The battle of Vicksburg was fought between the months of December 1862 -July 1863. Ulysses S. Grant was the general in-charge of the Union army. This battle consisted of a series of maneuvers. Vicksburg was important to the Confederates as it holds the south's two halves together. It also blocked any Union navigation down the Mississippi (Fuller, 21).
Confederates controlled Port Hudson and the Red River. This aided them in communicating with the states on the western side of the river. These states were their source of supply and reinforcement. Union army used troop transport boats and guns to take Bruinsburg, Jackson, Vicksburg and Port Hudson in that order. Turning point in this battle was the north gaining complete control of the Mississippi River. This cuts the Confederacy into two and off from its western allies. President Lincoln viewed this win as the key to winning and ending the war (Rawley, 97).
In November of 1863, the Union army under Grant routed the Confederacy army from the hills of Chattanooga. Grant had been sent there by Lincoln after he got word that General Braxton had laid siege on Tennessee City and had managed to cut off their supplies. The Union army had retreated there after they were defeated in Chickamauga. The Union army took the liberty of avenging their defeat in Chickamauga. They stormed up the face of Missionary Ridge without orders. This angered General Grant, but he was satisfied with the results. The Confederates were forced back into Georgia. The attack of the significance of the railroad junction of Chattanooga, which was a turning point, ended, thereof paving the way for the union army to start Atlanta's campaign. This battle had approximately 13,000 casualties. Once again, Grant did not follow the retreating Confederates. This was a big blow to the southern army as East Tennessee had been a major source of food due to its fertile soils. Natural resources such as coal and iron were also available. Tennessee River served as a transportation hub (Temple, 35).
In September of 1864, General William Sherman captured Atlanta city. This victory motivated the northern troops. The Confederates, however, set fire on the city before they evacuated. This fire ruined the city and almost destroyed it. This would deny Sherman's Federal troops a chance to utilize its resources. This would see Sherman abandon the burning city in November and start a march towards Georgia. Atlanta was a gateway to the south, and his decision to leave was a surprise to many. The military result of this siege was crippling in the Confederacy. This war was a turning point as it played a great role in the re-election of President Lincoln during the autumn presidential elections. His victory against his opponent, George B. McClellan was a big blow to the Confederates. George would have sought peace terms with them, unlike Lincoln, who preferred a war. For the Confederates, there was no hope for peace terms or of foreign aid and intervention. They would never have won the war (Eicher, 26).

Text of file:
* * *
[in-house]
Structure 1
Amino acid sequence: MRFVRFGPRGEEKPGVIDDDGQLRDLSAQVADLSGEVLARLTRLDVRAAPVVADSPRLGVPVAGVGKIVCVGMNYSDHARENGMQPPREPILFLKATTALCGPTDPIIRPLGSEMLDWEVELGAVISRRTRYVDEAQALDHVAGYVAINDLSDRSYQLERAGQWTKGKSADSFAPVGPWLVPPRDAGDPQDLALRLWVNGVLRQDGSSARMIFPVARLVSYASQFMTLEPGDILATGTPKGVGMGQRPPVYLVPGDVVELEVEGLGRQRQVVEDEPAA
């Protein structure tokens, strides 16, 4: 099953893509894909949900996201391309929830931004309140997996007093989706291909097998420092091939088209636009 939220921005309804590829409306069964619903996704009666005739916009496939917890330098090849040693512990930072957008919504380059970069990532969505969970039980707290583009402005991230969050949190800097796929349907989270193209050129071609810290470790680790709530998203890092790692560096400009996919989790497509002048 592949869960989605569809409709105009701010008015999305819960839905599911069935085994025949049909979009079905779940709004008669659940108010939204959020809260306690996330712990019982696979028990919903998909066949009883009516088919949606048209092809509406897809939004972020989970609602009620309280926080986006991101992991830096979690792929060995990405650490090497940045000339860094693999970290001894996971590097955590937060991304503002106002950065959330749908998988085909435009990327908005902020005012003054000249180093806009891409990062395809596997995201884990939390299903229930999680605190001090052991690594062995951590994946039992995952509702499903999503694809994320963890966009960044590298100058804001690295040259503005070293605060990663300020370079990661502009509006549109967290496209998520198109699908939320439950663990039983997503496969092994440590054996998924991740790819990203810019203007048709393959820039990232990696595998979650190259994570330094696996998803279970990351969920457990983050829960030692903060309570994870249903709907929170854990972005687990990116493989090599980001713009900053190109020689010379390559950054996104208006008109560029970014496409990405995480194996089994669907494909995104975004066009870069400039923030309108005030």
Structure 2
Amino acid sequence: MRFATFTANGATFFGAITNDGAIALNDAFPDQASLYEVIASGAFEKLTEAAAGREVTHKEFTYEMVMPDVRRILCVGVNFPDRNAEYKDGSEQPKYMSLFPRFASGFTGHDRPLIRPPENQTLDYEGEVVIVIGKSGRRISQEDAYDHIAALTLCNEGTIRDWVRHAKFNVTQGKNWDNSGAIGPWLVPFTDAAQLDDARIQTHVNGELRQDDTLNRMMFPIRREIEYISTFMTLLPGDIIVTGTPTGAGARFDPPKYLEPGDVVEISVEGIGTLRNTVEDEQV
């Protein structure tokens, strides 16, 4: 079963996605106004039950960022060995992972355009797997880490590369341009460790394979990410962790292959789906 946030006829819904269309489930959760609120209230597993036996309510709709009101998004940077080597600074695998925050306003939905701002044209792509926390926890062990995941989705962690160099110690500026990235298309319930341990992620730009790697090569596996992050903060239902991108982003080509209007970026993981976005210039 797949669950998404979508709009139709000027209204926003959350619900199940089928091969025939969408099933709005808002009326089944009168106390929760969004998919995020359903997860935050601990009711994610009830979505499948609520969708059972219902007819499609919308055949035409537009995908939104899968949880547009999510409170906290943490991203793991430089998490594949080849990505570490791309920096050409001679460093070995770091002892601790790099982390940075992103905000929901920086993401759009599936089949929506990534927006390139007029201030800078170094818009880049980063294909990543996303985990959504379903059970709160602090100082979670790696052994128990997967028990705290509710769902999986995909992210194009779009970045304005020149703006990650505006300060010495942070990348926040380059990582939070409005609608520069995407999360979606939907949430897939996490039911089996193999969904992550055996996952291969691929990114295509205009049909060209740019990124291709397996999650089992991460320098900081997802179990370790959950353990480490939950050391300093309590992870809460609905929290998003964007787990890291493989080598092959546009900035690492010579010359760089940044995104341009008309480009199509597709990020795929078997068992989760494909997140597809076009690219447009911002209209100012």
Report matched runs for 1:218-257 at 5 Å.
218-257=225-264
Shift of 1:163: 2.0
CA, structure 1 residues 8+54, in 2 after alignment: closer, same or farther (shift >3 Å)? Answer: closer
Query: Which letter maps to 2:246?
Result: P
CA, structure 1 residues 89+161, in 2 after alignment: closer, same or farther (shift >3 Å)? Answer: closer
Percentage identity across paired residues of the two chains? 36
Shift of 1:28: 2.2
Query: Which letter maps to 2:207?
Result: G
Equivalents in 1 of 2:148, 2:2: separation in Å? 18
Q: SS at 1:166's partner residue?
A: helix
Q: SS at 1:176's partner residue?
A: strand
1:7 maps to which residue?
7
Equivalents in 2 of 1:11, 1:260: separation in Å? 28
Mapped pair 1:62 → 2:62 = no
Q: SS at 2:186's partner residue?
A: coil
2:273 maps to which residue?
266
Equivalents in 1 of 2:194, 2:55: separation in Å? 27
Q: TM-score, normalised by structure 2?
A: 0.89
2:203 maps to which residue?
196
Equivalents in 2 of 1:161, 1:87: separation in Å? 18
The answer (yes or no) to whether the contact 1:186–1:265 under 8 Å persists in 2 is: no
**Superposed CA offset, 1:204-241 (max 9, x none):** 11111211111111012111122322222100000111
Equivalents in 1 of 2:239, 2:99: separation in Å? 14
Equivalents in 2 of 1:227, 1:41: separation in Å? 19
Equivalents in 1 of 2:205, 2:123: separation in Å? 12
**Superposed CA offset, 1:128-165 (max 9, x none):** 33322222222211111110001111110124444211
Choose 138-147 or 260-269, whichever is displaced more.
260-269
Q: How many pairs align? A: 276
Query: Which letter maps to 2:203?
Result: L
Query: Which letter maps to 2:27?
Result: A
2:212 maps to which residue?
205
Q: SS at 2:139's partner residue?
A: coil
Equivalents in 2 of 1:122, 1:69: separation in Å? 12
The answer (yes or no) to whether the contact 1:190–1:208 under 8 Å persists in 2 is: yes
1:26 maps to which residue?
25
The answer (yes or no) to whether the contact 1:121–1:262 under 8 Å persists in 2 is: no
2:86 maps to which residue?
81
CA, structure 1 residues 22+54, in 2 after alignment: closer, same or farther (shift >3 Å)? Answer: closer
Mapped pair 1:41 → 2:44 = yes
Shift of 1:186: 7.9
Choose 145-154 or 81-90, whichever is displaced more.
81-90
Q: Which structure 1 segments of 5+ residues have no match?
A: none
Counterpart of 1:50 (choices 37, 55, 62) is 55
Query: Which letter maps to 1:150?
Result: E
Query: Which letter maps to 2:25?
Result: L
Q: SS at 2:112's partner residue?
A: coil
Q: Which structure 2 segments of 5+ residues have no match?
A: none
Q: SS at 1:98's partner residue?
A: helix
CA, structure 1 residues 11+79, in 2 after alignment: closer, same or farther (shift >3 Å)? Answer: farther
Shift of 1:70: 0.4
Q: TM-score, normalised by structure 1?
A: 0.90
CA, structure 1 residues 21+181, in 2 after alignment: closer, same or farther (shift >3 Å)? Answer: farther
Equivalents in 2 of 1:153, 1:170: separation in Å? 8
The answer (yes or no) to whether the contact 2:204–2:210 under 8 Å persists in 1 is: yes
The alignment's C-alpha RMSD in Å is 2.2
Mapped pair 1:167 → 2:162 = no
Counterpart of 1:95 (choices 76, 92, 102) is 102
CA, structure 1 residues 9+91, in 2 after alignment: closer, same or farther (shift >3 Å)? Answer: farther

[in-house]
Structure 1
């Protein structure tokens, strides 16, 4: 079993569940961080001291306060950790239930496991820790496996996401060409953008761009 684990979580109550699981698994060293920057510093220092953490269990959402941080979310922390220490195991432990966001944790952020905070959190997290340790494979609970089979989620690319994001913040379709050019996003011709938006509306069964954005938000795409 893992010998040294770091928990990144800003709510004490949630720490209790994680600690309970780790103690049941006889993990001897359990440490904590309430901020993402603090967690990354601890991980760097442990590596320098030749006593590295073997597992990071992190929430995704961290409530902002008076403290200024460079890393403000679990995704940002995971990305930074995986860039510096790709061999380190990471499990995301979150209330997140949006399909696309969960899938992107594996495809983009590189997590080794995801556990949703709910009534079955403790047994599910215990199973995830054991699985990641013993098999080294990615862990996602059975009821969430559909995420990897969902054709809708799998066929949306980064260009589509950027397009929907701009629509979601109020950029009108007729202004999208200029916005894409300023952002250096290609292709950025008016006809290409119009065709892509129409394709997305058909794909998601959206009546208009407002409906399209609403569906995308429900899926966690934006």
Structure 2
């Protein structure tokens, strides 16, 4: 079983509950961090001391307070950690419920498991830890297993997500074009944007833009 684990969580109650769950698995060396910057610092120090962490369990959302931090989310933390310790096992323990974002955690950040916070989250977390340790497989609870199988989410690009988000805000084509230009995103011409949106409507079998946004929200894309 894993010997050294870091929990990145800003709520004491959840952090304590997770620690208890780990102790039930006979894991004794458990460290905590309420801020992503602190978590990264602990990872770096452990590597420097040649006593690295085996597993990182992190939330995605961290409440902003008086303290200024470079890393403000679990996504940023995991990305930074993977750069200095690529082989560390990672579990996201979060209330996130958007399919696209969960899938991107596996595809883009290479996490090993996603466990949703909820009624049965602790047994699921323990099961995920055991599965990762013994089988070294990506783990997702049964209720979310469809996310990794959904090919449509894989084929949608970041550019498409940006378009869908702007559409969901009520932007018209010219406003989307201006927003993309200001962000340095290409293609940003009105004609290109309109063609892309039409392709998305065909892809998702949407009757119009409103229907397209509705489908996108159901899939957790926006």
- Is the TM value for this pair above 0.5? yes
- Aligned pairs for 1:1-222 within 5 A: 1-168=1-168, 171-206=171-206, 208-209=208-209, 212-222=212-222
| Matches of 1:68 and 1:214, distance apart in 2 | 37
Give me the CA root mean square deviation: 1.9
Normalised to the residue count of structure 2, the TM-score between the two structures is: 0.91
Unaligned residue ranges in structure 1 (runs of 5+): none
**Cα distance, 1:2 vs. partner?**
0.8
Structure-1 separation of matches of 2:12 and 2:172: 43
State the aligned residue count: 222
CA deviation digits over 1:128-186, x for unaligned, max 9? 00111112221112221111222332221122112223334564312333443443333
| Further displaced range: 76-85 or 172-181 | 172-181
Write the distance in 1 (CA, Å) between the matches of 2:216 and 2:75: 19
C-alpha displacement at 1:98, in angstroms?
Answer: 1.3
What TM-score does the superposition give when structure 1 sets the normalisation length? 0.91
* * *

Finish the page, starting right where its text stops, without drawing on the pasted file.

These turning points in the civil war shaped the history of America in many ways. It was this war that prevented the entry of slavery into the U.S territories. This war also forms the firm foundation of the United States. It proved that unity is a strength. A few more months of war brought the Confederates on their knees, and Lee surrendered in April 1865. A few days later, Lincoln was assassinated. Andrew Johnson, (Lincolns Deputy), took over, and he officially ended the war. The other Confederate Generals surrendered, and Jefferson Davis was captured. The Northern victory was due, especially after the fall of Atlanta and Lincoln re-election. At that point, Lincoln had already achieved many goals of the war.
There were there many leadership flaws in both parties. For the northern army, their Generals refused to aggressively follow the Confederates even when there was a good chance of getting them to surrender. This is one of the reasons the war went on for so long. The death of Stonewall Jackson created a dent in the confederates army. He was tactical, confident and daring. The system of exchange also failed when Confederates refused to exchange black prisoners. So many soldiers died in their camps, regardless of the fact that there was a shortage of soldiers (accounts for 10% of the war's fatalities). A victory parade was in Washington to boost the nations morale.
Eicher, David J. The Longest Night: A Military History of the Civil War. New York: Simon & Schuster., 2001.
Fuller, Major. Gen. J. F. C. The Generalship of Ulysses S. Grant. 1929: Da Cpo Press, n.d.
Hemingway, Al. America's Civil War Wagazine March 1996.
Rawley, James A. Turning Point of the Civil War. University of Nebraska Press, 1966.
. Turning Points of the Civil War. University of Nesbraska Press, 1966.
Tagg, Larry. The Generals of Gettysburg. Campbell, CA: Savas Publishing, 1998.
Temple, Oliver P. East Tennessee and the Civil War. Cinccinati, Ohio.: The Robert Clarke Company, 1899.
W., Sears Stephen. Gettysburg. Boston: Houghton Mifflin, 2003.
Wilson, Henry. The History of the Rise and Fall of Slave Power in America. Boston: J.R Osgood and CO., 1872-1877.
Wolseley, Garnet, Viscount wolseley. The American Civil War. mechanicsburg: stackpole Books, 1964.